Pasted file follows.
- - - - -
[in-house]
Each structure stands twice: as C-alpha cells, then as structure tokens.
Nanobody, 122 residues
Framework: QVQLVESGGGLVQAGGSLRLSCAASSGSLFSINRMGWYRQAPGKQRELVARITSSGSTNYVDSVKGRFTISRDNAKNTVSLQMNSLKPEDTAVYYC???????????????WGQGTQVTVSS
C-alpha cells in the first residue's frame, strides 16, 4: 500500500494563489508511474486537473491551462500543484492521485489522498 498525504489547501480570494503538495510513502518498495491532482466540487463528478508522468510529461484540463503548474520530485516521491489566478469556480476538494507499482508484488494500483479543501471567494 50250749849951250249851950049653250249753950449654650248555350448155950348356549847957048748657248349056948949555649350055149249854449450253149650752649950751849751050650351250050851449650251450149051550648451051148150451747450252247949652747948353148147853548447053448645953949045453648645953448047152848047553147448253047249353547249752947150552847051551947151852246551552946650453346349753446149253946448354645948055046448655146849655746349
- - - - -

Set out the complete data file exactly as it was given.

[in-house]
Each structure stands twice: as C-alpha cells, then as structure tokens.
Nanobody, 122 residues
Framework: QVQLVESGGGLVQAGGSLRLSCAASSGSLFSINRMGWYRQAPGKQRELVARITSSGSTNYVDSVKGRFTISRDNAKNTVSLQMNSLKPEDTAVYYC???????????????WGQGTQVTVSS
C-alpha cells in the first residue's frame, strides 16, 4: 500500500494563489508511474486537473491551462500543484492521485489522498 498525504489547501480570494503538495510513502518498495491532482466540487463528478508522468510529461484540463503548474520530485516521491489566478469556480476538494507499482508484488494500483479543501471567494 50250749849951250249851950049653250249753950449654650248555350448155950348356549847957048748657248349056948949555649350055149249854449450253149650752649950751849751050650351250050851449650251450149051550648451051148150451747450252247949652747948353148147853548447053448645953949045453648645953448047152848047553147448253047249353547249752947150552847051551947151852246551552946650453346349753446149253946448354645948055046448655146849655746349